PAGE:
Comparative genomics reveals novel genes associated with sensory cilia
© Piasecki et al. 2015
Published: 13 July 2015
To identify evolutionarily conserved ciliary genes that facilitate sensory-specific roles.
Using reciprocal BLAST analyses, the genomes of organisms that do not make cilia (the plant Arabidopsis thaliana and the yeast Saccharomyces cerevisiae) and that retain motile but not sensory cilia (the moss Physcomitrella patens) were subtracted from the genomes of organisms that have retained sensory cilia (the worm Caenorhabditis elegans and the alga Chlamydomonas reinhardtii).
These analyses revealed a list of 272 genes that are found exclusively in organisms with sensory cilia but not motile cilia. Importantly, nearly 10% of the genes on this list have previously been implicated in sensory cilia-specific roles, thus providing numerous internal positive controls that demonstrate this list is enriched with sensory-specific ciliary genes. A subset of uncharacterized candidate genes are currently being studied in C. elegans, which retains cilia exclusively on a set of neurons termed ciliated sensory neurons (CSNs). We are currently generating a number of promoter- and gene-to-green fluorescent protein (GFP) fusion constructs in order to determine the expression and localization patterns of the proteins encoded by these genes. Two of these candidate genes, which are found in worms (C. elegans) and algae (C. reinhardtii) but not in moss (P. patens) have been termed wam-1 and wam-2, respectively. Expression of wam-1 appears to be localized exclusively in the support cells of ciliated dopaminergic neurons, while expression of wam-2 has yet to be fully characterized.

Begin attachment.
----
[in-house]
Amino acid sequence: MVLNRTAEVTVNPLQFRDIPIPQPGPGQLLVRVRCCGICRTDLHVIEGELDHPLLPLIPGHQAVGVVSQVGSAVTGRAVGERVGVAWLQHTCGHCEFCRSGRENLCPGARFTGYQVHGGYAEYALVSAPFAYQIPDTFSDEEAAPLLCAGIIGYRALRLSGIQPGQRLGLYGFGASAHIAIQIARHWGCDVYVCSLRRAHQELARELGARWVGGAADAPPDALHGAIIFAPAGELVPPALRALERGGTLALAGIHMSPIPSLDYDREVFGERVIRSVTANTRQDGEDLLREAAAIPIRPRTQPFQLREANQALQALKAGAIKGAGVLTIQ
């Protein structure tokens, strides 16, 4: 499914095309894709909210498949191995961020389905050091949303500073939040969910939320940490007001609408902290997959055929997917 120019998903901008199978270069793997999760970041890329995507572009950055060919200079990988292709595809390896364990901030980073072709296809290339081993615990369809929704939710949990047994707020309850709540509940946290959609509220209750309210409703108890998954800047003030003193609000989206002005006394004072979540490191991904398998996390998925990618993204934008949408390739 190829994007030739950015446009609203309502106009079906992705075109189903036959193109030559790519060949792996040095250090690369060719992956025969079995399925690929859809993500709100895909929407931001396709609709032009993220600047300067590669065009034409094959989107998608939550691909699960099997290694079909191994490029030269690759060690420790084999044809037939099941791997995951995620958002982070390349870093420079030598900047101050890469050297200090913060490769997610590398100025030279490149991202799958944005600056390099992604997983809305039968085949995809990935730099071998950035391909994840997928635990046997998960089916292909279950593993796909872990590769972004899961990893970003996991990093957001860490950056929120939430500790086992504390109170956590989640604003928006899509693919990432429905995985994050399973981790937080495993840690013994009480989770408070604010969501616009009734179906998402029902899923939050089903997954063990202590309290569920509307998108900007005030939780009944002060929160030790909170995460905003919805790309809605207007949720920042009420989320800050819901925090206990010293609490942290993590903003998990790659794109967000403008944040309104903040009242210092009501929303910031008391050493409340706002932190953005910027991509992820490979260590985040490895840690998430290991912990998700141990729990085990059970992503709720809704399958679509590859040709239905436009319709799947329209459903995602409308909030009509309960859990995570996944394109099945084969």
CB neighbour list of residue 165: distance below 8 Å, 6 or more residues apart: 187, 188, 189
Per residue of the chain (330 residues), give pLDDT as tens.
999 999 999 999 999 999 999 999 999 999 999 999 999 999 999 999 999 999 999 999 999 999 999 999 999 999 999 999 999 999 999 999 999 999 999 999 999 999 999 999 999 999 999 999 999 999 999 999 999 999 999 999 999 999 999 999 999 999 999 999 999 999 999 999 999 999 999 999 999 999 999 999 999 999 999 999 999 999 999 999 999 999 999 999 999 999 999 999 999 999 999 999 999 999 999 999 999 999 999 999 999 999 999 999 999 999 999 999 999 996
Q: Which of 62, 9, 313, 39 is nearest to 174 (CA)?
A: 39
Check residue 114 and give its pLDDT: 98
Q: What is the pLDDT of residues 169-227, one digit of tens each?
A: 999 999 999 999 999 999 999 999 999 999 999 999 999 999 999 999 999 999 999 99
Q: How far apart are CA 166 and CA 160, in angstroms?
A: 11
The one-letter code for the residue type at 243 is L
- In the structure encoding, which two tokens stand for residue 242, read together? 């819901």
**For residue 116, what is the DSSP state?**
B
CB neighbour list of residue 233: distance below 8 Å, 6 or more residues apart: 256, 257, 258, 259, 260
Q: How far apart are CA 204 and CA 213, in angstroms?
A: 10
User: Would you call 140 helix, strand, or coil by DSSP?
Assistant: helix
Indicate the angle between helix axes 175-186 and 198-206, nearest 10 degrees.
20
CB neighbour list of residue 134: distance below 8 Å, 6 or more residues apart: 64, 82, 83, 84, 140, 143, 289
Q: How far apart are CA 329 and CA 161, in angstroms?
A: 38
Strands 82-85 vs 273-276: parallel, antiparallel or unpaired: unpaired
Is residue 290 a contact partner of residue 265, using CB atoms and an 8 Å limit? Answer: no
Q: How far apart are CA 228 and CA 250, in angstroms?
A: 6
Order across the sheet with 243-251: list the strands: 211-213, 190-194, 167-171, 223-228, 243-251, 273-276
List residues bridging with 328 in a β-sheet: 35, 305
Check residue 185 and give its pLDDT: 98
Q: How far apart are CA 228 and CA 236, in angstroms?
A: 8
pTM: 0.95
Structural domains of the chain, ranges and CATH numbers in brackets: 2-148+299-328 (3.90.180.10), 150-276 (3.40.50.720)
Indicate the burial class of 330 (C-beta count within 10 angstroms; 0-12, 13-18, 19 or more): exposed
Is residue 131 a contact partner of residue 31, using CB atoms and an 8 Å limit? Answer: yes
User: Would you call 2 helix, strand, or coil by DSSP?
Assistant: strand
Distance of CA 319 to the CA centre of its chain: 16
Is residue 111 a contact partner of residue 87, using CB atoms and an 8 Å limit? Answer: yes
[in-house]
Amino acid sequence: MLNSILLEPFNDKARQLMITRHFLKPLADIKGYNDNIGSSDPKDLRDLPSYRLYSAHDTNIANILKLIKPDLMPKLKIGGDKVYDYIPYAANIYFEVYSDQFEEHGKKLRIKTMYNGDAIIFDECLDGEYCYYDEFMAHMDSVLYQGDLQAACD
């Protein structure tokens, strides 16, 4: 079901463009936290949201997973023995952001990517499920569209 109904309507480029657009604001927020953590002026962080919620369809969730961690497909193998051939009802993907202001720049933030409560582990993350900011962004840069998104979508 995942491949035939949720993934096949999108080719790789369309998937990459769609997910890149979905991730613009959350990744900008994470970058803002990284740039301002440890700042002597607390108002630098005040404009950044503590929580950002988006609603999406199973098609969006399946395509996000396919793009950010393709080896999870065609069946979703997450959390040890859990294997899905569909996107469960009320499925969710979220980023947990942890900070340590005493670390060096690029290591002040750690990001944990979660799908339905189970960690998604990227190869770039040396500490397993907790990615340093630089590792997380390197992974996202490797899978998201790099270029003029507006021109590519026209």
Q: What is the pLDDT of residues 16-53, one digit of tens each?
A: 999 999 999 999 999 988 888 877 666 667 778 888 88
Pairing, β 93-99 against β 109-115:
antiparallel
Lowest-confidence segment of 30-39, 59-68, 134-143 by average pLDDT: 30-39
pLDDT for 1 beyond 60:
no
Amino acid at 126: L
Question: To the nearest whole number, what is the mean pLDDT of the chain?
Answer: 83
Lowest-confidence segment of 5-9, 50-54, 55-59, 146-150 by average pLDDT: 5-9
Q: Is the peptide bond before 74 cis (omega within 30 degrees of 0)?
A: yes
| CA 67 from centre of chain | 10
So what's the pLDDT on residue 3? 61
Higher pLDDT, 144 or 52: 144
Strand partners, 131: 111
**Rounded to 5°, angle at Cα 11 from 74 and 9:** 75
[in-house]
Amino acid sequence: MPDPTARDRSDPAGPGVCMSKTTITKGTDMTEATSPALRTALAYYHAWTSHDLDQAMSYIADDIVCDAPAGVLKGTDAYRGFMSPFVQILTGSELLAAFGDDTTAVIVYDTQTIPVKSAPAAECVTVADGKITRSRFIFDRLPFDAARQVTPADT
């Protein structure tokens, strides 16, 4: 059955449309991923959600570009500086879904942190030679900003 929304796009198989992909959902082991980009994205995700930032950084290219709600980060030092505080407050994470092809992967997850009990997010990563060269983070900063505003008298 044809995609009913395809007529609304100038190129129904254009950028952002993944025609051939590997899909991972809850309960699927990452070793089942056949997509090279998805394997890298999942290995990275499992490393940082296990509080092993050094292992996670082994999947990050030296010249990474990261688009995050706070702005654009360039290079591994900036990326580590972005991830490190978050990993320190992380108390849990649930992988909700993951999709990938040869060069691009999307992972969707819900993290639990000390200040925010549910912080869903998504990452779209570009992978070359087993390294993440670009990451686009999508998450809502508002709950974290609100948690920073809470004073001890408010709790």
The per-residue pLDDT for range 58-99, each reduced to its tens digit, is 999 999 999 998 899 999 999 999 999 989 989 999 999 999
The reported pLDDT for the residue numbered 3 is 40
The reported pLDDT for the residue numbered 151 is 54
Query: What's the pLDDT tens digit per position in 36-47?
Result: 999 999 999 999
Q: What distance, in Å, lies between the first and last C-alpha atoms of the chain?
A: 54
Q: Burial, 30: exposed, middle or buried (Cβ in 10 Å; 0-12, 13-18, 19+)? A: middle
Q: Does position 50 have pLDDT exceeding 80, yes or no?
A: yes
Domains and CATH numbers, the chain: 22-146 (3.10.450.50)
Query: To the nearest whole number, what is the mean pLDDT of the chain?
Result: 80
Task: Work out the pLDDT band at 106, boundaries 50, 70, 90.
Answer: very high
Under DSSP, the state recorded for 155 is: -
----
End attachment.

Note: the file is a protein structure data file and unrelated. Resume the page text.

Our analyses have successfully revealed novel genes involved in ciliary sensory-specific processes in animals.
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